China bought 500,000 tons of U.S. soybeans. But that’s just a drop in the U.S. export bucket
China is back in the market for U.S. soybeans, but the recent purchases represent just a fraction of sales American farmers have lost since the Trump administration embarked on a trade war with Beijing in July.
Chinese state-owned companies bought at least 500,000 tons of U.S. soybeans on Wednesday, two U.S. traders told Reuters, in the first major purchases since U.S. President Donald Trump and his Chinese counterpart Xi Jinping met in early December.
The deals – valued at some $180 million – helped propel U.S. soybean prices to a 4-1/2-month high on the futures market Wednesday. U.S. stock prices were also buoyed by signs that the soybean purchase could represent a thaw in the trade tensions between Washington and Beijing. The two nations are currently negotiating to end the tariff tiff.
One trader knew of nine cargoes traded and said there were probably more. A second trader with direct knowledge of the deals said Chinese state-owned firms bought at least 12 cargoes for shipment between January and March.
But the purchases will do little to make up for lost sales by American soybean producers, who have been scrambling to find other buyers as this year’s harvest has backed up in storage facilities. China is the largest buyer of U.S. soy, but has purchased little since Beijing slapped steep tariffs on U.S. shipments on July 6 in retaliation for duties on Chinese goods.
So far this year, American farmers have sold some 8.2 million metric tons of soybeans to China, down from 21.4 million metric tons during the same period in 2017, according to the latest USDA figures. For the month of October, soybean sales to China fell from 7.1 million metric tons last year to just 300,000 metric tons this year.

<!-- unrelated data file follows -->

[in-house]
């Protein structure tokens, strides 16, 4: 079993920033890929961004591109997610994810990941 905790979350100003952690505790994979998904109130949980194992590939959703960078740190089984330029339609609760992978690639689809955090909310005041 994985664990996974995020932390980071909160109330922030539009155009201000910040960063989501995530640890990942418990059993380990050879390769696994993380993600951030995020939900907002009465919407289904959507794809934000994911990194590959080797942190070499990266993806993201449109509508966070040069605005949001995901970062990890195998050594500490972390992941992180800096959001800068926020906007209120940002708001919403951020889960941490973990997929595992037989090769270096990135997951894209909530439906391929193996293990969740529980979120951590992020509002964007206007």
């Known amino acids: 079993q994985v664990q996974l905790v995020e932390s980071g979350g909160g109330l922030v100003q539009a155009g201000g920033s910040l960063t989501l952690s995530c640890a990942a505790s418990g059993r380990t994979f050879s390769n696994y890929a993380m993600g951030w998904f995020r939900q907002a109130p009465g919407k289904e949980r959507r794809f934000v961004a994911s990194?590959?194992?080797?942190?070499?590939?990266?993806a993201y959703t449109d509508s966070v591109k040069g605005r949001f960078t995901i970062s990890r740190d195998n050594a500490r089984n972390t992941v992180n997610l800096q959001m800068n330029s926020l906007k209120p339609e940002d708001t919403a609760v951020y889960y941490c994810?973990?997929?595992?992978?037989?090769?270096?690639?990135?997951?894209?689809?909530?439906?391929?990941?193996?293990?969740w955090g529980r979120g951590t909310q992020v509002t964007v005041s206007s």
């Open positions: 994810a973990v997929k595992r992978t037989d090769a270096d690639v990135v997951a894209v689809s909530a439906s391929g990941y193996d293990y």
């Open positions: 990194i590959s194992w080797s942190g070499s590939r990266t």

U.S. soybean farmers have made some strides in finding new markets, but export shipments in October were a little more than half the level seen last October.
China last year purchased about 60 percent of U.S. soybean exports in deals valued at more than $12 billion. With those exports gone, soybean prices had tumbled to their lowest in a decade, heaping pain on U.S. farmers, a key Trump constituency.
U.S. soybean farmers have largely stood by the president in his efforts to put pressure China on its trade policies. Congressional districts that encompass much of American soybean production largely elected Republicans during the latest midterm elections. But Democrats narrowed the margins of victory in many of those districts.
For its part, China faces shortages of soybeans if it can’t find sufficient supplies from other producers. In September, Chinese officials floated the idea of cutting the soy ration for hogs to reduce domestic demand.
China slapped a 25 percent tariff on U.S. soybean imports after the Trump administration imposed 10 percent tariffs on some $250 billion of Chinese goods. Trump had threatened to boost those tariffs to 25 percent next month, but recently agreed to postpone the increase for 90 days after meeting with Xi at a recently gathering of world leaders in Argentina.
After months of stonewalling from both sides, Washington and Beijing have agreed to negotiate for those 90 days over increased Chinese purchases of American farm and energy commodities, an end to forced technology transfers and stronger protections for U.S. intellectual property n China.
Trump said on Tuesday that those negotiations were already taking place by telephone.
“We’ll probably have another meeting. And maybe a meeting of the top people on both sides,” Trump said. “If it’s necessary, I’ll have another meeting with President Xi, who I like a lot and get along with very well.”
Trump did not offer any timetable for further face-to-face meetings among U.S. and Chinese officials.
He said he would wait to increase tariffs on Chinese goods to 25 percent from 10 percent until it becomes apparent whether the United States and China can make a deal.